Companies have the responsibility to their shareholders to expand profits. The proposed mega gas station will certainly do that for Costco; however, the gas station will certainly have a negative effect on the respiratory health of our community residents. A flier that Costco recently circulated is their effort to convice us that we need the station and that concerns of health risks are insignificant. We, the community, answer back a resounding “NO!” and the following is why.
Costco’s flyer and their submissions to the planning board do not provide balanced information to properly inform the community and community leaders of the potential health risks of a mega gas station located in such close proximity to residences and a school for disabled children (Stephen Knolls). Costco ignores a significant body of scientific evidence that demonstrate that exposure to ambient air pollution even at levels below EPA limits can be associated with negative effects on respiratory health.
Costco says that community concerns about health risks are unfounded and have no “rational or scientific basis.”
Costco tells us that their models predict that air pollution and particulate matter (PM2.5, which comes from motor vehicle emissions) levels will be within standard EPA 24 hour and annual average limits.
Costco says, “Scientific site studies prove that there is no significant environmental or health risk to the community.”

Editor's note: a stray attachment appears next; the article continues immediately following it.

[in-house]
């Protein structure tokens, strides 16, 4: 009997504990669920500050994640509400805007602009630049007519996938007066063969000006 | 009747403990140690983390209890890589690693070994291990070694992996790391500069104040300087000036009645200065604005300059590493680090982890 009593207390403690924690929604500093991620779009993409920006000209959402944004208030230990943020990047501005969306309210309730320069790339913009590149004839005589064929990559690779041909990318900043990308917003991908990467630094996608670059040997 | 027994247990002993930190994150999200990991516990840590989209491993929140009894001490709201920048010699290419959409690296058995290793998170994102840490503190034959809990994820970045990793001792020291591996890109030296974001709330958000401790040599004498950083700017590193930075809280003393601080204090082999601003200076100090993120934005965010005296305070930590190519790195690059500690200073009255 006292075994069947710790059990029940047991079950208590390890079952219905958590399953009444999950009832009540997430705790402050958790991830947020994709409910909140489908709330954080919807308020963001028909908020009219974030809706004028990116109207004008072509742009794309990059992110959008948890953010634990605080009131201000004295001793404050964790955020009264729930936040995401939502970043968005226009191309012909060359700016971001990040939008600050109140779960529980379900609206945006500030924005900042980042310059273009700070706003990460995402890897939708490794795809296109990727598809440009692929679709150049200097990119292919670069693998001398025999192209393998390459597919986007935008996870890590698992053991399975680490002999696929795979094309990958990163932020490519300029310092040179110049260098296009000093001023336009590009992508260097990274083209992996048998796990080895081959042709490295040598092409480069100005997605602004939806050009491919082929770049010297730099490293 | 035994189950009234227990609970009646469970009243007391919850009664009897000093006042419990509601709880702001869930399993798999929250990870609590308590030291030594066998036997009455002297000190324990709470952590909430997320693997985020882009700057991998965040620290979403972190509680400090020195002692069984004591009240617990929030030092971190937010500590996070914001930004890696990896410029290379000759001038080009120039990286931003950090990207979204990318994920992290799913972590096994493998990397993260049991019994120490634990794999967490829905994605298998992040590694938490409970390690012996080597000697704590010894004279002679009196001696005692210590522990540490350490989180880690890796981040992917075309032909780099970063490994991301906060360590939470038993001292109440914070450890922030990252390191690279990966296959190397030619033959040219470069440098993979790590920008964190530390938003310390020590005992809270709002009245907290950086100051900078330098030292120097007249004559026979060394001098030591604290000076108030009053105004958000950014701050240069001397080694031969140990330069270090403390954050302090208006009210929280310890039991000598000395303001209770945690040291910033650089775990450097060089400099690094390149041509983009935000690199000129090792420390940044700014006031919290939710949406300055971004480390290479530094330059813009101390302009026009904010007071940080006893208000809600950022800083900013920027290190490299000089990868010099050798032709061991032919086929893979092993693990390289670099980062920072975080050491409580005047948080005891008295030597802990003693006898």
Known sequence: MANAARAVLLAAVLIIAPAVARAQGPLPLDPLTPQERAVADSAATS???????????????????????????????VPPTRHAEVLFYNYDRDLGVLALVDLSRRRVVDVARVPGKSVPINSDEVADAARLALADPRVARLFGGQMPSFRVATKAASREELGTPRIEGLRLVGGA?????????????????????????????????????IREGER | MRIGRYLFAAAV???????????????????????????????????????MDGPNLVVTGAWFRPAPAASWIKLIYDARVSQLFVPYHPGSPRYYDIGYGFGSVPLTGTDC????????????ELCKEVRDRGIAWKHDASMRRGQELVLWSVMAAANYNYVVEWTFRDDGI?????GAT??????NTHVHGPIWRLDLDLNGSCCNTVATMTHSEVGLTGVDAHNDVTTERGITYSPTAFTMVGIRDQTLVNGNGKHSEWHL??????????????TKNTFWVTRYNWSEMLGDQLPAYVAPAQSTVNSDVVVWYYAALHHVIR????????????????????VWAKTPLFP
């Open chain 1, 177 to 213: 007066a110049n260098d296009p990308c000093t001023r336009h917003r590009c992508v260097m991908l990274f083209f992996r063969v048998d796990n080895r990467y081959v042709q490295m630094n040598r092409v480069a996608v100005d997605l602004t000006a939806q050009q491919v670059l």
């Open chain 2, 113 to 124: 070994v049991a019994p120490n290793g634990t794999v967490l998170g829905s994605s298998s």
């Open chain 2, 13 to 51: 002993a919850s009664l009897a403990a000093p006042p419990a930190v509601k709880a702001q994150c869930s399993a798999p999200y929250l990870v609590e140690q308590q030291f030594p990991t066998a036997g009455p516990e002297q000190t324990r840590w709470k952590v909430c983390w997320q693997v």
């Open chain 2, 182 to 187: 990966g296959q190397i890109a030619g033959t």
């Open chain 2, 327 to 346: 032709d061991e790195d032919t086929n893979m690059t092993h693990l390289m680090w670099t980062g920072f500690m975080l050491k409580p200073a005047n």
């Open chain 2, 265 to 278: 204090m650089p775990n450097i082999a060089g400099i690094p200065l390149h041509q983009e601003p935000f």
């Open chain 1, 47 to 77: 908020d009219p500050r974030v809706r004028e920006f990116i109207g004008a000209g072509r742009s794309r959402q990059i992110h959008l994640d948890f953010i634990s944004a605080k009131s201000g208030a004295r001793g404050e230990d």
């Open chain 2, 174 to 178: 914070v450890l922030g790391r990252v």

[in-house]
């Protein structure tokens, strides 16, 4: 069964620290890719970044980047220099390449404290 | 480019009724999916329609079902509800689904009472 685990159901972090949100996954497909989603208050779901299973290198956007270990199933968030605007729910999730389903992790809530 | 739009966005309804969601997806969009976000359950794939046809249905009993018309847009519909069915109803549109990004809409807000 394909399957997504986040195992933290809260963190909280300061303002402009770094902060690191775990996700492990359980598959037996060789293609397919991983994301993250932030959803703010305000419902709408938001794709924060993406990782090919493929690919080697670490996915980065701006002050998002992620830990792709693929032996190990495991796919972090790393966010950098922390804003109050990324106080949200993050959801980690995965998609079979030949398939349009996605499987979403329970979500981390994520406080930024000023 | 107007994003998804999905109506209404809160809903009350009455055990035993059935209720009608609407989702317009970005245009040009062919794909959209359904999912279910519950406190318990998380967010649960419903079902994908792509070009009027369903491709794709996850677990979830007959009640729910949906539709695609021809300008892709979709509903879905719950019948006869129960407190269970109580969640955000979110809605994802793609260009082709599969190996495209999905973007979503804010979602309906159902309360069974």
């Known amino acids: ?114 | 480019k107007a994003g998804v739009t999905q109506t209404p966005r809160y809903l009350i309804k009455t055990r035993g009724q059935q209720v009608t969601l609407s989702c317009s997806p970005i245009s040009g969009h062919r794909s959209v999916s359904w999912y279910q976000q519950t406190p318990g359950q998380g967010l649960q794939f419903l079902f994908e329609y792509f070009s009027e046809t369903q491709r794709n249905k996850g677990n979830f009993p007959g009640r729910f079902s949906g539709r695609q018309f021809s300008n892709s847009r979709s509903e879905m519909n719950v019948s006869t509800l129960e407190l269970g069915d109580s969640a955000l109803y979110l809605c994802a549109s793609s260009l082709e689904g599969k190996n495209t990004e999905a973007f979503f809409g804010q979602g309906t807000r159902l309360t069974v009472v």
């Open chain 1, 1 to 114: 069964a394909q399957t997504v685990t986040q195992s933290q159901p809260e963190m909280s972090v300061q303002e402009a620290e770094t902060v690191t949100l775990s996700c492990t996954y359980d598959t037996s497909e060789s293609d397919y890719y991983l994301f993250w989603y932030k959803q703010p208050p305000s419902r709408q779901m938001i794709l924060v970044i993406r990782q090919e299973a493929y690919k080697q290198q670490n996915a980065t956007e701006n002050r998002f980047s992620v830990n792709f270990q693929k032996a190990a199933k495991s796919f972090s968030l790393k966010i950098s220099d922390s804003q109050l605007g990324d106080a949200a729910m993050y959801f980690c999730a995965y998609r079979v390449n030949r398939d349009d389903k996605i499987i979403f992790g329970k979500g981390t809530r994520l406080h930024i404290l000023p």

Costco expects that the above statements will reassure the community that siting such a large gas station so close to residences and a school for disabled children is nothing to worry about. However, it is not what Costco says that is the problem. It is what Costco does not tell you that is the most troublesome.
The community should not allow itself to be so easily convinced by a large corporation and its presentation of unbalanced information accompanied by promises of cheap gas. The facts below are facts for serious consideration when deciding whether one should or should not be concerned about health risks related to the proposed gas station.
What Costco Does Not Tell You About Health Risks of the Gas Station:
Costco does not tell you that there actually is a lot of rational and scientific basis to community health concerns regarding the gas station. Scientific studies show that higher levels of fine particulate pollution (PM2.5), which is generated by motor vehicles, are associated with greater odds of having asthma symptoms exacerbated, having a more severe asthma attack, decreased lung function and increased rescue inhaler use.
Costco does not tell you that even though average 24h and annual levels of ambient air pollution and particulate matter measured from a central site monitoring station may be within EPA standard limits, studies show that individual personal exposures may be much higher dependent on the daily activities of the individual. For example, a child or adult who stands in traffic while waiting for a bus or who perhaps lives in close proximity to a mega gas station or who has to walk by a mega gas station on their way to work/school will have much higher personal exposure levels to particulate air pollution compared to levels measured at a distant central station. These personal exposure levels are likely to exceed standard EPA 24h exposure limits and have been shown to have negative effects on asthma symptoms and lung function. Studies have shown that short-term exposure lasting minutes to hours has clinically relevant negative respiratory effects.